Says official soccer program doesn’t even exist
BY NATE SMELLE
Residents of the Cherry Ridge subdivision adjacent to the controversially renamed Wellington Heights Public School have been continuing their fight with the District School Board of Niagara (DSBN) regarding their plan to annex part of Cherry Ridge Park.
Cherry Ridge resident Marcy Tennier, an elementary teacher with the DSBN, is one of a growing number of individuals compelled to speak out against her employer. Considering the resounding public opposition to both the E. W. Farr name change and the DSBN’s attempt to poach part of the park, Tennier cannot understand the Board’s refusal to engage with the people they are supposed to serve.
“This fight needs to happen because it’s about a bigger issue — it’s about democracy,” she said.
“I mean who do the Trustees think they are? They are representatives of the people, and to me they’re not doing that, so why are we paying them? No one is listening, and that’s the most disturbing point. It’s our money, it’s our world, and it’s our lives, and they don’t seem to live in it. They forget that they are public servants.”
When Tennier learned of the memorandum of understanding between the Town and the DSBN related to “sharing” Cherry Ridge Park, she was astonished that it was even being considered.
“I just don’t understand why you would even ask people if you could take part of their land,” she said.
“I also have to really question the wisdom of our Mayor and Council for even considering that. If someone asked me if they could take some of the land I own, I would say no, and that’s the end of that conversation. It would go no further.”
With a 16-year-old daughter who will be playing Pelham soccer again this year, and a 21-year-old daughter who played until she was 12, Tennier believes that eliminating already limited green space is not imperative to the continuation of the program, which is run by teachers who volunteer their time after school.
“The soccer program is a ‘program’ insofar as teachers volunteer their time outside of regular school hours to supervise and coach a team,” said Tennier.
“They’ve blown the whole notion of a ‘program’ out of proportion. There is nothing in our curriculum that specifies our children need to have soccer skills. I’m not a soccer hater…. I work with kids and I’ve been a teacher since 1991. I find I’m almost ready to quit my job and become a lobbyist.”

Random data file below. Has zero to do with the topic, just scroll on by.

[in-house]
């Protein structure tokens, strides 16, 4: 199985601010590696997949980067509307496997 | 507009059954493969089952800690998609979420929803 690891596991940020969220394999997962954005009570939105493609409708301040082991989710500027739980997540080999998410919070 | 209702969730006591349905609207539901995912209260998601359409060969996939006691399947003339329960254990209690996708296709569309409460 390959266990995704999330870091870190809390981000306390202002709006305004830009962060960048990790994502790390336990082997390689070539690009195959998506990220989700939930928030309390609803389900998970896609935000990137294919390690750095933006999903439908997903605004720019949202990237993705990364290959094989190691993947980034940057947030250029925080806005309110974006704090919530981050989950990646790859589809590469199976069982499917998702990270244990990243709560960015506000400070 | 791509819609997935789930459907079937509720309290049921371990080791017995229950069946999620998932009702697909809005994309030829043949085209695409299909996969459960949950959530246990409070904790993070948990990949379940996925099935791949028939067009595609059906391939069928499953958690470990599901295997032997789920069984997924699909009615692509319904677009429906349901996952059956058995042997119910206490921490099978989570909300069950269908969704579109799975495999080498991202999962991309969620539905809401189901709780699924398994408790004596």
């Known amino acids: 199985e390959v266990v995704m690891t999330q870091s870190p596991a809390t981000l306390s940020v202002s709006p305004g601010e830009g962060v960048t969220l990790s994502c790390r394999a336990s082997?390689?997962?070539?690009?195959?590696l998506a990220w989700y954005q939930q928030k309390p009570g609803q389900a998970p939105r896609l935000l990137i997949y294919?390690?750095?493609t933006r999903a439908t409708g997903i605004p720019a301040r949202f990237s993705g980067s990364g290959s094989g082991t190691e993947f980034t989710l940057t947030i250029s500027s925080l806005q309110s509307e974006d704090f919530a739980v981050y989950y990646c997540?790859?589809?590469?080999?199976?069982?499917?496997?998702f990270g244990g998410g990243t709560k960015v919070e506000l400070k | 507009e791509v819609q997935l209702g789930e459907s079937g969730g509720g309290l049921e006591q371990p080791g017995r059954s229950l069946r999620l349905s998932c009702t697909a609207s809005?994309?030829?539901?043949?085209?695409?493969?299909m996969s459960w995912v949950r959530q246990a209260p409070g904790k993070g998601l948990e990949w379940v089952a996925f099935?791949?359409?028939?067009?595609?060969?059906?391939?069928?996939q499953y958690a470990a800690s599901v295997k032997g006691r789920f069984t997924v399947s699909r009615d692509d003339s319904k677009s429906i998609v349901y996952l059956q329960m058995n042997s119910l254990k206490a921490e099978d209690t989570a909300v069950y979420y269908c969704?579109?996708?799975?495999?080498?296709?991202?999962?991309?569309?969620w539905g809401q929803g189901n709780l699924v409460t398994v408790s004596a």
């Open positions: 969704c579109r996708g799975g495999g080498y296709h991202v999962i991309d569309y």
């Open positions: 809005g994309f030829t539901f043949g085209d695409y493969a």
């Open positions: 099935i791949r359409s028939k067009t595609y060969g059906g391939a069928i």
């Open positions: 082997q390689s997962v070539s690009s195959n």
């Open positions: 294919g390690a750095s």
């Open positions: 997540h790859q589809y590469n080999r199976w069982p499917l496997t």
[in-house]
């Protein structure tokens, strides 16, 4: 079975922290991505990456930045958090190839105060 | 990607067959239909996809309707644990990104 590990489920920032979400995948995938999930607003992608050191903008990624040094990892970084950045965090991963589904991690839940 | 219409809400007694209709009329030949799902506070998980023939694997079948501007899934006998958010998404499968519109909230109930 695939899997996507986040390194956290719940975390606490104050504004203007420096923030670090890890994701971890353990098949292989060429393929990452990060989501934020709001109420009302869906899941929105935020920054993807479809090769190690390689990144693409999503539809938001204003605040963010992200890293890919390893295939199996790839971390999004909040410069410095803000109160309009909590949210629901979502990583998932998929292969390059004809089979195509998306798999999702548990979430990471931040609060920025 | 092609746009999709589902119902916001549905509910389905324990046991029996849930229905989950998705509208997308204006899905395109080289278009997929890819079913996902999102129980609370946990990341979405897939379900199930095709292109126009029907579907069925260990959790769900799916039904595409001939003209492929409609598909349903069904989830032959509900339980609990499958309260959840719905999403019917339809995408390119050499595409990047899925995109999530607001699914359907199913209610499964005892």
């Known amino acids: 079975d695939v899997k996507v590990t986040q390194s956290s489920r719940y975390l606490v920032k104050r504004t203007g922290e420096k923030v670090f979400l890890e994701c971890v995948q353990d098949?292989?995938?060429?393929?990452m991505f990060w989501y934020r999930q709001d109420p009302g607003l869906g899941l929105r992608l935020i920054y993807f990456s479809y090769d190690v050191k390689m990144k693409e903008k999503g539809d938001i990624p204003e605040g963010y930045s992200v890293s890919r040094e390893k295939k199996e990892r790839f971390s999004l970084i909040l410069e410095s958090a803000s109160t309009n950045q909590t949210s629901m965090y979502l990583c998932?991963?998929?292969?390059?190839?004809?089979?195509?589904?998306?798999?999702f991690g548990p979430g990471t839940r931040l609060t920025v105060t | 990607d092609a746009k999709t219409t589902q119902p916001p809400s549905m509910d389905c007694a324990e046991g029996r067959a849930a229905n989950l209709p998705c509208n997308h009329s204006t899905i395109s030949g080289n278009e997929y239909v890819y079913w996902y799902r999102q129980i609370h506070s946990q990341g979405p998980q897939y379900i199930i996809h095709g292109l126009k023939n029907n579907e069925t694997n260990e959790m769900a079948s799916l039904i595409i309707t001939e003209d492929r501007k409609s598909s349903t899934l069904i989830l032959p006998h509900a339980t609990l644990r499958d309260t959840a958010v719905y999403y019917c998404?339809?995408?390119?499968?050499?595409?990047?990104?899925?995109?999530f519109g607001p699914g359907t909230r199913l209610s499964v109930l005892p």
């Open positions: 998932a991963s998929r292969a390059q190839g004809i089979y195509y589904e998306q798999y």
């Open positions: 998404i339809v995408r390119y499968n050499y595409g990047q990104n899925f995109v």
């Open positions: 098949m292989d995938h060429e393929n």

It is not customary for teachers and other education workers to provide supervision off school property during nutrition breaks and recesses. Therefore, Tennier said, it seems unlikely that the field would be used at those times in the interest of student safety. She also takes issue with the proposed location, citing a variety of natural features of the landscape which make the site illogical.
“It falls under this lovely umbrella they call ‘community partnership,’ which basically means stealing from Peter to provide for Paul because they haven’t done their homework,” said Tennier.
“It’s fiscally irresponsible to approve plans without even looking at them. When I built my house…I made sure it would fit on the property, it met the setbacks, it met my needs and I went over everything with a fine-toothed comb. If I can do that, then someone making six figures of public money can certainly do that. They did a survey so they knew the swale was there.”
Tennier said that in all the years she spent working as a teacher in Toronto, she never experienced anything like this with the Etobicoke Board.
Having been involved in academics for most of her life, she said she is tired of seeing people talked down to because they ask questions. Educators are supposed to teach their students about things such as integrity, respect and responsibility, she said. From her perspective, none of these values have been exhibited by the Board on either of these issues.
“You don’t always agree with people [on a big city board] but you are allowed to question. You’re allowed to disagree, and it’s promoted because it’s a way to finding resolutions and answers that everyone can live with. Here it’s very heavy-handed, and they tell us no, this is how it shall be done. I was one of those people who wanted to be a principal, then I came down here and I was like, oh my god, this is a scary place. There are a lot of big fish in a really small pond.”